Schedule a time to meet with the funeral director to explore options. He/she will review the funeral home's General Price List. There are many types of special, personalized services that can be discussed at this time, including music, flowers, memorial donations, the type of service based on personal preferences, and much more.
√ Did you receive a copy of the funeral home's General Price List?
√ Did you receive a copy of the Preneed Agreement and Itemization Statement you signed with the funeral home?
Preplanning a funeral is undoubtedly one of the biggest and most important decisions you will make in your lifetime. Whether it is for you or a loved one, the first step is obtaining all the necessary information to make an informed decision. Thousands of New Yorkers are choosing to preplan/prepay their funeral and burial expenses. In doing so, they recognize that it is smart financial planning and provides great emotional relief for themselves and their loved ones. Prepaying your funeral will allow you to make your own funeral plans, but, more importantly, preplanning will spare surviving relatives and loved ones from the emotional burden of having to make decisions at a time of great stress and grief.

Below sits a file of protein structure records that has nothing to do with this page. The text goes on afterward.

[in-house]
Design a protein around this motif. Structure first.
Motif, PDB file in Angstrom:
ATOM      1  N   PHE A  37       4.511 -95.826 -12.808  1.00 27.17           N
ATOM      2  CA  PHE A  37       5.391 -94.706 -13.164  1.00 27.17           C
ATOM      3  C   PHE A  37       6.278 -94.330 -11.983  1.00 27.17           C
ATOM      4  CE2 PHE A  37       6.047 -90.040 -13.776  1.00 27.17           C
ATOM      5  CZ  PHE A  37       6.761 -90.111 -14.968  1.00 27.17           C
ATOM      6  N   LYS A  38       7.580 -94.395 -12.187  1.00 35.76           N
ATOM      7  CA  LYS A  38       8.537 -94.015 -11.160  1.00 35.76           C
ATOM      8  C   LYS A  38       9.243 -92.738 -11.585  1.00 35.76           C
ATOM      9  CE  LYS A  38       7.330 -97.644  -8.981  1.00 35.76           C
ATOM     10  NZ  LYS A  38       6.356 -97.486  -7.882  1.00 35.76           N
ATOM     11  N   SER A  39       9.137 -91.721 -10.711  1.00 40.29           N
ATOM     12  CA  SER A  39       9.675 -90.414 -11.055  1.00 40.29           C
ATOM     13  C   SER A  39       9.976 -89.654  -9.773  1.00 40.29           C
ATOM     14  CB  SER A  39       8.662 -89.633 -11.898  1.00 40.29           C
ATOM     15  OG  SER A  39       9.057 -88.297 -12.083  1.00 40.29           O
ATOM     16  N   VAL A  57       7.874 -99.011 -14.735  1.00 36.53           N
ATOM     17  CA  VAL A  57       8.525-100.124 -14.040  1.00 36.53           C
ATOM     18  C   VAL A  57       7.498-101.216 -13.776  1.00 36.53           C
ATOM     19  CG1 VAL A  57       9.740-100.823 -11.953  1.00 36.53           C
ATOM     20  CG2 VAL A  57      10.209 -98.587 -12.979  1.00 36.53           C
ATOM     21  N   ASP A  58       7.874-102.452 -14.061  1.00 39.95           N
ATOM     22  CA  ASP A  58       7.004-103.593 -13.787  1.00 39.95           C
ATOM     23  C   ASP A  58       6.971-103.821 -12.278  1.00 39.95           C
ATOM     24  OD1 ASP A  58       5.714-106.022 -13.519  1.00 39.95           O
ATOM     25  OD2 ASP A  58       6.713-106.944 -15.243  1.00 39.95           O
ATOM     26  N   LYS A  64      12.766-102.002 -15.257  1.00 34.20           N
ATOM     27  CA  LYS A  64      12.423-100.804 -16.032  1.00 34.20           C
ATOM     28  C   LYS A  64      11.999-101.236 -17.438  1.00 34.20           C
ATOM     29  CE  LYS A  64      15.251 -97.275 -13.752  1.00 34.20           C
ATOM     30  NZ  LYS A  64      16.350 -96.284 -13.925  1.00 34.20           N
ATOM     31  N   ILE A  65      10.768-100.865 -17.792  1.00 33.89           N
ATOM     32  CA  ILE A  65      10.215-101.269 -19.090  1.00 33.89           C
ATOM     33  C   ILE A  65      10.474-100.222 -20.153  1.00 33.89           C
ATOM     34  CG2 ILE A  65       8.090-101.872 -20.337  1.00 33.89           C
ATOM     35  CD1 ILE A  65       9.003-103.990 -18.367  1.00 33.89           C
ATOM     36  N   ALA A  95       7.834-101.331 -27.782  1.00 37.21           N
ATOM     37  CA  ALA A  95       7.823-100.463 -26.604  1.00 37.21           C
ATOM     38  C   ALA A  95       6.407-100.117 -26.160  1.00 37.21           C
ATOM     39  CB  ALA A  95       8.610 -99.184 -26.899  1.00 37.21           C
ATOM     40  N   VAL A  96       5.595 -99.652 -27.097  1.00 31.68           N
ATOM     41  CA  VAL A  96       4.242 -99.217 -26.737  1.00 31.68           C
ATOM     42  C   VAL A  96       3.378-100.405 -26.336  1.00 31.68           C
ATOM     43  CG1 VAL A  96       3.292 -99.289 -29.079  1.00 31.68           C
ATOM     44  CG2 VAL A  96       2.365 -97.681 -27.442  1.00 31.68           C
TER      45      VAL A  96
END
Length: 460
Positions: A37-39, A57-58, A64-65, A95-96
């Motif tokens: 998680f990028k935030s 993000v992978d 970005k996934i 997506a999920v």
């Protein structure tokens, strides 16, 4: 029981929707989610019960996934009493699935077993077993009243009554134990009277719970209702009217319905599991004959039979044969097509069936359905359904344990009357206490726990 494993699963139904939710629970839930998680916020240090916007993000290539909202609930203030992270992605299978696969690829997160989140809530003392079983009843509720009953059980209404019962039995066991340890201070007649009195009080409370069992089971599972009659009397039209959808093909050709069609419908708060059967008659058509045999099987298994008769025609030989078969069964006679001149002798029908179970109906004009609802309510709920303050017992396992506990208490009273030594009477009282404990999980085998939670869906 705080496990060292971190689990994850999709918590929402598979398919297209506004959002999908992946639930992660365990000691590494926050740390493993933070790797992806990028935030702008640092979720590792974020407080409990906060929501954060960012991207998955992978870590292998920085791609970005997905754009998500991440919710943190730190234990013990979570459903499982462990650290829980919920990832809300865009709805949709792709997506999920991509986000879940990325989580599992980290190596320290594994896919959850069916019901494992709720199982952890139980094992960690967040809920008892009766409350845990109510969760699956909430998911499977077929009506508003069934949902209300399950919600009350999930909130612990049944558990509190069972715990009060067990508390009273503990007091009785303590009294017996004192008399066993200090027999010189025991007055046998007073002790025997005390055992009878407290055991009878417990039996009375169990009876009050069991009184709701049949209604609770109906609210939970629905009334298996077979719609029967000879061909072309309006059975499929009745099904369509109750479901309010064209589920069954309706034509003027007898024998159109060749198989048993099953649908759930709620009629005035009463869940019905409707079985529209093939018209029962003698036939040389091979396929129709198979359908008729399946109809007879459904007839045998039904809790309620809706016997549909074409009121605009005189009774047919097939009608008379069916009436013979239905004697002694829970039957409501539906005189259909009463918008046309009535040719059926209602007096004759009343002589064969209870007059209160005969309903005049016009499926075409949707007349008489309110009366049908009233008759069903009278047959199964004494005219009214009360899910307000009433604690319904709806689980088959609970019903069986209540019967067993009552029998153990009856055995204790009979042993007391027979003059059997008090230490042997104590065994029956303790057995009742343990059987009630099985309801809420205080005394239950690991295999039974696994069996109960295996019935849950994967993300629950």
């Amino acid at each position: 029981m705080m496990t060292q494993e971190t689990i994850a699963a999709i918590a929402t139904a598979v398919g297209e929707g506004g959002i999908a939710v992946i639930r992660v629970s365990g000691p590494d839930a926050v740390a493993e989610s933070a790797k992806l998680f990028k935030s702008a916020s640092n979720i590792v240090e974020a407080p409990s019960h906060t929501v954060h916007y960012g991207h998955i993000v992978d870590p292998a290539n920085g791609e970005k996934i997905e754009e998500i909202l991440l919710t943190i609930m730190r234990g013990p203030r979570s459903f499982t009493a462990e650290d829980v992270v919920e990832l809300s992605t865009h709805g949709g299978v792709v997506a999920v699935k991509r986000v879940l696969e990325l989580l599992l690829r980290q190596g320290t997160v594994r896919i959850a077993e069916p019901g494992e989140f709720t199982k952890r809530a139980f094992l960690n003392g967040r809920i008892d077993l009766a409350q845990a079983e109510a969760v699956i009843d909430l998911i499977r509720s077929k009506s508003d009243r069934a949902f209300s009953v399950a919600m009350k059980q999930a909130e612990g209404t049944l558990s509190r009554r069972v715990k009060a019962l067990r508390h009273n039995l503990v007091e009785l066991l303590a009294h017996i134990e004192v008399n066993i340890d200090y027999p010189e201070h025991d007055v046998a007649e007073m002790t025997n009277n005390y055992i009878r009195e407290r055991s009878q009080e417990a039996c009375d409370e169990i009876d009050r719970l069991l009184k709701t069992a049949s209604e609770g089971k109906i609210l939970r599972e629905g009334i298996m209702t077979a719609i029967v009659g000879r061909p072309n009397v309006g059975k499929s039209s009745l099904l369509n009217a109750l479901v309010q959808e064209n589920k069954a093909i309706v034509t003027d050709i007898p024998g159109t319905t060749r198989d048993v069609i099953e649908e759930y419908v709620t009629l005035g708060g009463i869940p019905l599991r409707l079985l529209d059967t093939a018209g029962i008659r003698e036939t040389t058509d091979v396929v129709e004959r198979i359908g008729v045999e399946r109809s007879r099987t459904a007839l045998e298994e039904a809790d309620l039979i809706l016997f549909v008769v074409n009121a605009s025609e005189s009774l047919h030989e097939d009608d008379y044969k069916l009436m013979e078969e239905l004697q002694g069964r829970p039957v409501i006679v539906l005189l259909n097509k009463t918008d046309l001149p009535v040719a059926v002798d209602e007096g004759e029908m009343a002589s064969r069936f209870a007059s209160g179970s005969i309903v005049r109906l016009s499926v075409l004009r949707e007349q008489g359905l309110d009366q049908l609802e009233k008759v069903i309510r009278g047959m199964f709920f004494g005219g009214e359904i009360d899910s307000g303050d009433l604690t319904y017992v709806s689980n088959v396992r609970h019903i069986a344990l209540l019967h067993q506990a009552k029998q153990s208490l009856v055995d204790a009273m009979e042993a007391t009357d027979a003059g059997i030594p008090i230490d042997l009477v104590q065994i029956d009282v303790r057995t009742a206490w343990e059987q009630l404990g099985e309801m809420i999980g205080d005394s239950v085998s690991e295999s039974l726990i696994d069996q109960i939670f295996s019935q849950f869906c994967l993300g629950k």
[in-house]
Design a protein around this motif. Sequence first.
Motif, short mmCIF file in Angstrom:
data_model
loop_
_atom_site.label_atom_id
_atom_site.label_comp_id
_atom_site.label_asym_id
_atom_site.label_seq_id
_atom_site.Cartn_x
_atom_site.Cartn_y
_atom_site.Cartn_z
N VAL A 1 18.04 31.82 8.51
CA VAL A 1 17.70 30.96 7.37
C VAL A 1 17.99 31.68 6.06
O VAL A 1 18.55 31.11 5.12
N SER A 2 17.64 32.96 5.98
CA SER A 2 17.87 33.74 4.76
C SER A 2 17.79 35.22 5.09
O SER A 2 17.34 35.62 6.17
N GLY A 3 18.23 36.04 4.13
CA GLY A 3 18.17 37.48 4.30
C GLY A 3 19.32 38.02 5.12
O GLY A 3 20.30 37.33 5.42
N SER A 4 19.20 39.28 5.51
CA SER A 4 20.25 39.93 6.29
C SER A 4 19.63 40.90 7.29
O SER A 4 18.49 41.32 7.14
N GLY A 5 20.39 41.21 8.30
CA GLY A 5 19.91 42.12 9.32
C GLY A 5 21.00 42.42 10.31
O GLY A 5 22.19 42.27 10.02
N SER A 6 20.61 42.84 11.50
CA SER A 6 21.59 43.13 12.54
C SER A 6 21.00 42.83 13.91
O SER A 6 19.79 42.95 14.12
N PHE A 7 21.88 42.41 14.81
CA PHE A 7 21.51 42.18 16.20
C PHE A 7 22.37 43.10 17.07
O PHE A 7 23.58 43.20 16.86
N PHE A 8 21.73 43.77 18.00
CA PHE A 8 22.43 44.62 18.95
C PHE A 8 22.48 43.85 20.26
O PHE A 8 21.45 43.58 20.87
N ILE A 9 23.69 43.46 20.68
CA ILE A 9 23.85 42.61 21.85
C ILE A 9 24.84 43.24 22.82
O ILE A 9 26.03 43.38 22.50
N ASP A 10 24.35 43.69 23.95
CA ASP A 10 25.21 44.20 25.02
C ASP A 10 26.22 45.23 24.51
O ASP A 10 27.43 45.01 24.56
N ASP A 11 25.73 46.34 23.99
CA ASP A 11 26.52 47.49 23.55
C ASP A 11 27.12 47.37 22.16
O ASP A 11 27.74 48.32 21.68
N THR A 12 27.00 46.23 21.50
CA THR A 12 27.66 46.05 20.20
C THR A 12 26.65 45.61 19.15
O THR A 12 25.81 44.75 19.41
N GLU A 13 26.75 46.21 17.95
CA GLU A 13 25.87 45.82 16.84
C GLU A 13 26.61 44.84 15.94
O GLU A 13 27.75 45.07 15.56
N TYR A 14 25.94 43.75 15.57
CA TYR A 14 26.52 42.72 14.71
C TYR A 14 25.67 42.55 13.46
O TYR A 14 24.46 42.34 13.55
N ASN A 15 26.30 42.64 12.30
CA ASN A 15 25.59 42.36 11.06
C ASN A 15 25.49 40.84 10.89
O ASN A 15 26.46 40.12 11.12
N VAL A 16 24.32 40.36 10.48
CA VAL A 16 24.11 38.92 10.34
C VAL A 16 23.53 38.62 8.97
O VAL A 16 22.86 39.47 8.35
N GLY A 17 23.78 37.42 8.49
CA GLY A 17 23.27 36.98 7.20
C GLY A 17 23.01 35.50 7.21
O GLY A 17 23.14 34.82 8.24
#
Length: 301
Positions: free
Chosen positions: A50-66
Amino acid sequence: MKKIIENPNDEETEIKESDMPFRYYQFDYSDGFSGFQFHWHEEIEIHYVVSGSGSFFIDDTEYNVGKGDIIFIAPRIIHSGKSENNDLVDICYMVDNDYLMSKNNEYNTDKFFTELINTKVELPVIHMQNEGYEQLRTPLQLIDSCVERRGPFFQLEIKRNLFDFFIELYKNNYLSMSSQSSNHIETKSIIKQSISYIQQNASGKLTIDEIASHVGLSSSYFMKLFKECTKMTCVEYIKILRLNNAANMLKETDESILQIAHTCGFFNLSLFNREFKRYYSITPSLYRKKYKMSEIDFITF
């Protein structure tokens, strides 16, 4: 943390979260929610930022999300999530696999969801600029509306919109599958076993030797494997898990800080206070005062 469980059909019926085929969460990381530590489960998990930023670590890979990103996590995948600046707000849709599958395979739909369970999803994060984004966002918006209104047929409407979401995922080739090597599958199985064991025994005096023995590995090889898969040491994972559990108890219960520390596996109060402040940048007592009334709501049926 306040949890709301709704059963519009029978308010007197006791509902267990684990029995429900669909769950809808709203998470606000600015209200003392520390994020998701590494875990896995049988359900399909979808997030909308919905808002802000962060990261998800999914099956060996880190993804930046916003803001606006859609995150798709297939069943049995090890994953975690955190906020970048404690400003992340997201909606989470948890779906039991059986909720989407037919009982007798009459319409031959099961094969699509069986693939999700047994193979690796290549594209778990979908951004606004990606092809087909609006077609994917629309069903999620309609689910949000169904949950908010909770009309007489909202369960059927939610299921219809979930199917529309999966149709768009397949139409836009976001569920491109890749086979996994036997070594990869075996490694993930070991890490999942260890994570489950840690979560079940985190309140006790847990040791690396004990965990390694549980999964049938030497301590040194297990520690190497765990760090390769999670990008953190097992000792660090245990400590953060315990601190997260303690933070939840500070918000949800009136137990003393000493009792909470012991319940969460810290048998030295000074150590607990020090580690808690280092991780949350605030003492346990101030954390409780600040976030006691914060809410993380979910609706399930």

The practice of cremation began with the ancient Greeks who buried their dead until about 1000 BC. Cremation was first used as a practical solution when death occurred on the battlefield. Urns filled with the ashes of fallen soldiers were easier to return to grieving relatives. Ash filled urns also allowed for state funerals weeks or even months after a hero's death.